from Fine Cooking # 102, pp. 36-37
In junior high science class, I learned that baking soda was an alkaline powder. (Yes, I paid attention in junior high science.) Because baking soda is alkaline, when it’s mixed with acid, it neutralizes some or all of that acid, and in the process gives off carbon dioxide gas. My teacher demonstrated this memorably with a model volcano that bubbled up and erupted when he added vinegar to red food coloring and baking soda.
When I got into the kitchen as an adult, I remembered that volcano, and so I understood how baking soda works—the carbon dioxide gas that’s given off enlarges bubbles that already exist in a batter or dough, which helps baked goods rise. But what about baking powder? Since it didn’t get covered in my science class, I had to do my own research (fun!).
What's the difference?
I’m sure I’m not the only cook who has wondered if baking powder and baking soda are interchangeable, and why some recipes call for one, the other, or both. The fact is, both are leaveners, meaning they help baked goods like cakes, biscuits, and pancakes rise. The difference is in how they’re activated.
Baking soda (sodium bicarbonate, or NaHCO3 for all you geeks in training) needs an acid to enable it to give off the gas that enlarges a batter’s bubbles. This acid could be lemon juice, buttermilk, yogurt, or vinegar (remember the volcano?). But more baking soda doesn’t necessarily equal more lift. You want to use only enough to react with the amount of acid in your batter. Too much soda and not enough acid to activate it all means that you’ll have unreacted soda left over, which will create a bitter or soapy flavor.
Baking powder, on the other hand, is a complete package: it contains baking soda and enough acid to cause a balanced reaction. To activate it, all you need to do is add a liquid (which, by definition, a batter has to contain anyway).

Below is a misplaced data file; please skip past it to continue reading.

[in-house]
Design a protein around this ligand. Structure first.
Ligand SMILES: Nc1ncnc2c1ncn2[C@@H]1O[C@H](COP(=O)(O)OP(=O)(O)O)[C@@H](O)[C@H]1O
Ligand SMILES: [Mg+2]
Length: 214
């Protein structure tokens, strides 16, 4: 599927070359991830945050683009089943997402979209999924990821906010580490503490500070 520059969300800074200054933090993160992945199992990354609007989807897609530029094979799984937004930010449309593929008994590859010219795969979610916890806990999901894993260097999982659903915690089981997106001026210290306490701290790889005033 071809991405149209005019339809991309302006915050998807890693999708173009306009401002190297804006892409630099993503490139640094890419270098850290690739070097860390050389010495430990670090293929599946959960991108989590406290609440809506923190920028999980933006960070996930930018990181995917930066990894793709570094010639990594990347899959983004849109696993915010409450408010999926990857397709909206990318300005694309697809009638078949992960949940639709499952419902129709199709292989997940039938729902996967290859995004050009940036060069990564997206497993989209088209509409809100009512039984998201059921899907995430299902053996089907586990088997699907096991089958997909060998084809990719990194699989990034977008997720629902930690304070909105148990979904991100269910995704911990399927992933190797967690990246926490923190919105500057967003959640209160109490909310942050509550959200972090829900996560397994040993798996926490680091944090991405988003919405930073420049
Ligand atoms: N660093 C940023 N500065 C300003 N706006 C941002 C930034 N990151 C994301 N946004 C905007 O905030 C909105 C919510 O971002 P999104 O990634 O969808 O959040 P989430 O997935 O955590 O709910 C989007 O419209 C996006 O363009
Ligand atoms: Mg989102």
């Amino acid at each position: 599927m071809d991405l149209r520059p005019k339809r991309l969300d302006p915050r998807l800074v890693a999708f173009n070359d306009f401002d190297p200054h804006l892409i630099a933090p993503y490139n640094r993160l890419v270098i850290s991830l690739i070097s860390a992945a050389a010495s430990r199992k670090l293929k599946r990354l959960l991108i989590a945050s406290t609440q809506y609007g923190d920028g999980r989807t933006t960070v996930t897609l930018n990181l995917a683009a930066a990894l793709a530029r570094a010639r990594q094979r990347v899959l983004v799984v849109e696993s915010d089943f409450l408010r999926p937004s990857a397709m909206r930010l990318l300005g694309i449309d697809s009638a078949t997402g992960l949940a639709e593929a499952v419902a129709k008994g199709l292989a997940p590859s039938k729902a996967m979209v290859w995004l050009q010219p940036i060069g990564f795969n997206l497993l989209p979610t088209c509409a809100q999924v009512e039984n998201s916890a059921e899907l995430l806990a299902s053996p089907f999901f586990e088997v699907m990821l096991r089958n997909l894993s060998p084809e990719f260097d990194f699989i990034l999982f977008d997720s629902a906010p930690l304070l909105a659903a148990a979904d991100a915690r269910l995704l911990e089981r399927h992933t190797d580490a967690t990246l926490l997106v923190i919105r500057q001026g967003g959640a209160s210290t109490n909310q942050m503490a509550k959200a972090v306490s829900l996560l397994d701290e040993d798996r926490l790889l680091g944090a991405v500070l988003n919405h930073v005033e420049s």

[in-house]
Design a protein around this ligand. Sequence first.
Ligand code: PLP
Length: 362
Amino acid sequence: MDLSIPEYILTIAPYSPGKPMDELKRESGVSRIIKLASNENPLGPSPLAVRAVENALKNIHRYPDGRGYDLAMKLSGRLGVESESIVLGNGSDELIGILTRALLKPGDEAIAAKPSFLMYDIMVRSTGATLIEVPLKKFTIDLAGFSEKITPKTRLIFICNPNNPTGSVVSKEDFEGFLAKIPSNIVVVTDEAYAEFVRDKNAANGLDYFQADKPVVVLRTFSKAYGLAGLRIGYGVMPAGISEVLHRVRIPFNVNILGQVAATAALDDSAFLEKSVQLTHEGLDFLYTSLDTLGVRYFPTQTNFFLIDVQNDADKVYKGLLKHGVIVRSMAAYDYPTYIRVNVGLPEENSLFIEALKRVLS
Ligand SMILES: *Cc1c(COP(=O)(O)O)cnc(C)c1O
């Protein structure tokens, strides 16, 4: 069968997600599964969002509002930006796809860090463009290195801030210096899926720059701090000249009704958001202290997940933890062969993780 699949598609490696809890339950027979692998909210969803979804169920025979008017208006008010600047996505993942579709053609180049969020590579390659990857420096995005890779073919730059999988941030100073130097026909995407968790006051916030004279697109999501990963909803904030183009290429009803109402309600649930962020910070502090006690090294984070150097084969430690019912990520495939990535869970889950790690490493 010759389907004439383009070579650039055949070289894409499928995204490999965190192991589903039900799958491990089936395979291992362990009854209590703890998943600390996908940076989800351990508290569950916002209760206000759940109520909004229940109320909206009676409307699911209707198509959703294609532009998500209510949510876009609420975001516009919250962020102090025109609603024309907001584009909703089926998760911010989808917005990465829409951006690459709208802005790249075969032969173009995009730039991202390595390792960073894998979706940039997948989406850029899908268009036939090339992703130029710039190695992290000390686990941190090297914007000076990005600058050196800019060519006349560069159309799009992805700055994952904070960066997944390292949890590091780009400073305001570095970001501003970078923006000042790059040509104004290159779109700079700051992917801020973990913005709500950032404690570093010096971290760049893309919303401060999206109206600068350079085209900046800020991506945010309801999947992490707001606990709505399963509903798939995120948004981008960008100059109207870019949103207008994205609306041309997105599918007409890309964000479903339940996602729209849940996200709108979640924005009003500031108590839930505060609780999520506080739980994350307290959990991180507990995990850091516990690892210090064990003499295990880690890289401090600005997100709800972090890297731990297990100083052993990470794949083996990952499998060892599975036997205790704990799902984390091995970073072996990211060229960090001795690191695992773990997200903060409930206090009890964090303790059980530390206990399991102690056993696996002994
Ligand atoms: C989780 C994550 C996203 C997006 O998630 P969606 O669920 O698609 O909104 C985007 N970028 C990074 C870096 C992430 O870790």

Types of baking powder
Being self-contained isn’t baking powder’s only trick. When you mix wet and dry ingredients, baking powder activates instantly, enlarging bubbles in the batter and making it rise. But if you don’t work quickly and get the batter into the oven in just a few minutes, those bubbles will rise right out of the batter and into the air. So with a careful application of science, manufacturers have made baking powder work according to your schedule by using acids that don’t dissolve in water until they reach a certain temperature. (This is useful with batters and doughs that need to chill before going in the oven.)
That’s why you’ll sometimes see baking powder with different labels. “Fast-acting” reacts at room temperature. In “slow-acting” baking powder, the acid doesn’t dissolve until it reaches a higher temperature, so it won’t start rising until it hits the oven. “Double-acting” plays it both ways—it does some reacting at room temperature and finishes up its reaction in the oven. Most of the baking powders you find in the supermarket are double-acting; the other types are used mainly by restaurants and commercial bakers. If you find a baking powder on the shelf and its label doesn’t specify a type (or your recipe calls for just baking powder) you can assume it’s the double-acting type.